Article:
Impact of Stability Ball Sitting on Stroke Volume, Oxygen Content Difference, and Heart Rate During Arm Ergometry
American Journal of Sports Science
Volume 6, Issue 1, March 2018, Pages: 26-31
Received: Nov. 15, 2017; Accepted: Dec. 15, 2017; Published: Mar. 14, 2018
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Charles Rex Christopher Marks, Department of Human Movement Sciences, Exercise Science Program, Oakland University, Rochester, USA
Cecelia Goulette, Department of Human Movement Sciences, Exercise Science Program, Oakland University, Rochester, USA
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The purpose of this study was to determine the contributions that heart rate (HR), stroke volume (SV), and oxygen content difference (CdO2) make to the elevated oxygen consumption (VO2) due to stability ball (SB) sitting when compared to chair (C) sitting during arm ergometry. Methods: Rest and two stages of exercise were conducted twice, once on a stability ball and once on a chair (order randomized) during aerobic arm cranking. VO2, cardiac output, and HR, were measured at the end of rest and each stage of exercise. SV and CdO2 were calculated from measured parameters. Results: Repeated Measures ANOVA demonstrated that SB was significantly higher than C by 4% to 12% for VO2 (P <.001) and 2% to 4% for HR (P =.016). SB was non-significantly higher by 0.5% to 2.1% for SV (P =.358). In addition, there was a significant interaction with increasing differences between SB and C (1% to 6%) with higher intensities for CdO2 (P =.014). It was concluded that oxygen content differences make a larger contribution to the difference between SB and C at the higher intensity. The patterns of change with exercise for heart rate, stroke volume, and oxygen content difference were similar between SB and C.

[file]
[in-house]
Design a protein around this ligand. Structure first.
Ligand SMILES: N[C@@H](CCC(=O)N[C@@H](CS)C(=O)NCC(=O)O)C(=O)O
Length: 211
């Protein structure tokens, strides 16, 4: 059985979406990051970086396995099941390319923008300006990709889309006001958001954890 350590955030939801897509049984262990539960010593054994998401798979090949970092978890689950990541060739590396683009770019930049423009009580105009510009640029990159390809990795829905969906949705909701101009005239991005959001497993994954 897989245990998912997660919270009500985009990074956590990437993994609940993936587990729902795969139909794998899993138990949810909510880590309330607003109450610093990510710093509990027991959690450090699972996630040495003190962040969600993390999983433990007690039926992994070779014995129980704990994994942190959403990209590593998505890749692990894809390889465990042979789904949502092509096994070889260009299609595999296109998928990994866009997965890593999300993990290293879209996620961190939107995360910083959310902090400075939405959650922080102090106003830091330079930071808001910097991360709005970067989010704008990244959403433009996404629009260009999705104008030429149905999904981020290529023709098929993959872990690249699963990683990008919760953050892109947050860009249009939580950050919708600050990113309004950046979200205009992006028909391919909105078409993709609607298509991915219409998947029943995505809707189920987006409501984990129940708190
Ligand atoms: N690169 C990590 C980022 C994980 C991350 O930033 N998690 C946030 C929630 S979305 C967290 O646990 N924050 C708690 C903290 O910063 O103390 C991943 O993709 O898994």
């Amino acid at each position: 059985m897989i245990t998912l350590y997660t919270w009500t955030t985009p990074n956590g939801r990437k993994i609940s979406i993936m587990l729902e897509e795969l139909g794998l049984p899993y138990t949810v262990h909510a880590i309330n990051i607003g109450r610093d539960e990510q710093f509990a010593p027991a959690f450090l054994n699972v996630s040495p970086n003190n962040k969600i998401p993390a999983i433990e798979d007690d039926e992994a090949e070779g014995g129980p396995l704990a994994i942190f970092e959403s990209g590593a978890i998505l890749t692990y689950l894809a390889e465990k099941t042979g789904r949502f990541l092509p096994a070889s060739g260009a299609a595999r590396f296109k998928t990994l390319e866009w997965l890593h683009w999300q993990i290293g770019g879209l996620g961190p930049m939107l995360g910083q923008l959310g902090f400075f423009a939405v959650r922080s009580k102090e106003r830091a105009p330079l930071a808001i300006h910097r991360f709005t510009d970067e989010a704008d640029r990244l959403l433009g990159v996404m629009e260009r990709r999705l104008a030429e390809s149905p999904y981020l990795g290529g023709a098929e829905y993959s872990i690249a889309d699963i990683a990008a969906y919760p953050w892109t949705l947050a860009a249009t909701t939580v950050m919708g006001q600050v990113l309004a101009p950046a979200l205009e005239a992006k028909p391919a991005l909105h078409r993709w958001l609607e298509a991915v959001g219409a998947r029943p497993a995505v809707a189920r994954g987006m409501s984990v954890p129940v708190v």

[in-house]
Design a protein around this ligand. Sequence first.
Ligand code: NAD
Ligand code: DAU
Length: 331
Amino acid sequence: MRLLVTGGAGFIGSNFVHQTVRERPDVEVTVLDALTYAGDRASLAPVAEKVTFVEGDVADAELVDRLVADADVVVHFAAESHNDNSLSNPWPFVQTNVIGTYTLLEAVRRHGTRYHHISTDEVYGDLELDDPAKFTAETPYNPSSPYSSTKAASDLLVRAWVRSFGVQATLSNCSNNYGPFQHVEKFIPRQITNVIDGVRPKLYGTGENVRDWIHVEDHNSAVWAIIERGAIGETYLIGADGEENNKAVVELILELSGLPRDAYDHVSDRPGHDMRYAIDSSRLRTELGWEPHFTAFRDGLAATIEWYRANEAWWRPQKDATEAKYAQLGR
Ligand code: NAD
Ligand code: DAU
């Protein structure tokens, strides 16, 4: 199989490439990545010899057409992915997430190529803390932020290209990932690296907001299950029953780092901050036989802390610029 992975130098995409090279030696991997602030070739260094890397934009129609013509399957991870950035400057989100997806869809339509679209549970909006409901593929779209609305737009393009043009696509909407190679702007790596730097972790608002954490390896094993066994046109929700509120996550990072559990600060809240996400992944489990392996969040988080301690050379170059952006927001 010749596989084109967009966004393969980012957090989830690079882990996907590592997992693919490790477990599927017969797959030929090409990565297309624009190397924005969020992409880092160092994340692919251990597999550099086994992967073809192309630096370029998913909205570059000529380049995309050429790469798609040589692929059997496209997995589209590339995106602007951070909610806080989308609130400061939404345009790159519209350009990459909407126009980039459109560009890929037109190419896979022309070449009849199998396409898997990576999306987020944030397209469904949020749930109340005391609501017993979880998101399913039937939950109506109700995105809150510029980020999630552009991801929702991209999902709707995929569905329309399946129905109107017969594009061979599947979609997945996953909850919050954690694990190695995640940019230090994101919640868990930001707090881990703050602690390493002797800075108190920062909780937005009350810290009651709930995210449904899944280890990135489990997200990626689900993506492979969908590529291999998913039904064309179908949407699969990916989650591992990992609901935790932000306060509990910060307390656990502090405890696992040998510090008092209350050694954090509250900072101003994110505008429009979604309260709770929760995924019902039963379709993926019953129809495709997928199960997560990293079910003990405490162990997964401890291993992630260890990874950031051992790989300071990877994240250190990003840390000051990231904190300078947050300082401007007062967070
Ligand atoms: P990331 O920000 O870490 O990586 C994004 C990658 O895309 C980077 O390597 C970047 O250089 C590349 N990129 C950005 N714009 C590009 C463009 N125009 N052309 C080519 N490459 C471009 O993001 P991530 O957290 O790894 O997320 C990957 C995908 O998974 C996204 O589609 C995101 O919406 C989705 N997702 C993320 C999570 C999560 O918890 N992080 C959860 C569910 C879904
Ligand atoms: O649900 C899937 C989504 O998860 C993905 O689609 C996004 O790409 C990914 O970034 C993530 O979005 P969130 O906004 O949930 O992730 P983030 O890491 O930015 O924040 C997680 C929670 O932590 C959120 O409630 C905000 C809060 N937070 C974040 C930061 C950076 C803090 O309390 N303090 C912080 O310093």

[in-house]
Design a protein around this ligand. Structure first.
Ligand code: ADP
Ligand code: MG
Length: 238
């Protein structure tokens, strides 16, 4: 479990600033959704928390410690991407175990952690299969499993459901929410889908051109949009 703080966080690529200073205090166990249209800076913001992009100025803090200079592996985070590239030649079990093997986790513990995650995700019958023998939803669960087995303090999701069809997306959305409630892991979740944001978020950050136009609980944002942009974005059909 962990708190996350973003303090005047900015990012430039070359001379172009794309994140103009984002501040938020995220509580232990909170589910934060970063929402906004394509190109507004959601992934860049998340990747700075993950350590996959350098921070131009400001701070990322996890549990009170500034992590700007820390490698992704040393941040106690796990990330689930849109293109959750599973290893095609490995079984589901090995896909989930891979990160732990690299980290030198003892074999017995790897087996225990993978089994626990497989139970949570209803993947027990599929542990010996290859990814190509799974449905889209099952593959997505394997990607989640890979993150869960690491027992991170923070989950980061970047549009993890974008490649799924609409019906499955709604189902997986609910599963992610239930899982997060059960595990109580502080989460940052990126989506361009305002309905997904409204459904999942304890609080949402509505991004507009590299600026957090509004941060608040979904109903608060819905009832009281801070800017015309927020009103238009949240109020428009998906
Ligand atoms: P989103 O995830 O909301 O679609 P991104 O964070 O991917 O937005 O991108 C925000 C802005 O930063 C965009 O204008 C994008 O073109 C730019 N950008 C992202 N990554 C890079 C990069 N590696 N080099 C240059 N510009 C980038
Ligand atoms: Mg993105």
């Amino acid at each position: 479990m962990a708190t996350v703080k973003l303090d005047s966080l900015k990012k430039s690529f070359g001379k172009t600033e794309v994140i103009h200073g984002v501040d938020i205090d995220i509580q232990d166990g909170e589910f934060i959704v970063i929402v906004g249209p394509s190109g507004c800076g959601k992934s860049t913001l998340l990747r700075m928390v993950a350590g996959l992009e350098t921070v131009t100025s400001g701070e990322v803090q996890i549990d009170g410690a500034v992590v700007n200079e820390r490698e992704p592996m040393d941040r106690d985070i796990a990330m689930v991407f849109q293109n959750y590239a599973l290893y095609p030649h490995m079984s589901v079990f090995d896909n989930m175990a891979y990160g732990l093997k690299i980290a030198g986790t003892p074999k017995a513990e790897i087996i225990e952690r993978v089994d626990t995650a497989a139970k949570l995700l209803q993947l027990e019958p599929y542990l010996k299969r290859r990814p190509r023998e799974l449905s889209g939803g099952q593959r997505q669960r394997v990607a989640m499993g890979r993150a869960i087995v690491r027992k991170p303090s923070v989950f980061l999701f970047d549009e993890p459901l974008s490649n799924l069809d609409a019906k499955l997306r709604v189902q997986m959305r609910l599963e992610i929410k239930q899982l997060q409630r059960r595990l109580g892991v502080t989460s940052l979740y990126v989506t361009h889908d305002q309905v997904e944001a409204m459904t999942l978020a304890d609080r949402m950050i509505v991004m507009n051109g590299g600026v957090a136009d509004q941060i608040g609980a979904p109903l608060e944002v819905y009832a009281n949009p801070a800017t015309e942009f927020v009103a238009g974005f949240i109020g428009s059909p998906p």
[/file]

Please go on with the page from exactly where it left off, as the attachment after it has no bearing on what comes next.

Swiss Ball, Aerobic Arm Exercise, Cardiac Output, Oxygen Extraction
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Charles Rex Christopher Marks, Cecelia Goulette, Impact of Stability Ball Sitting on Stroke Volume, Oxygen Content Difference, and Heart Rate During Arm Ergometry, American Journal of Sports Science. Vol. 6, No. 1, 2018, pp. 26-31. doi: 10.11648/j.ajss.20180601.15
Copyright © 2018 Authors retain the copyright of this article.
This article is an open access article distributed under the Creative Commons Attribution License ( which permits unrestricted use, distribution, and reproduction in any medium, provided the original work is properly cited.
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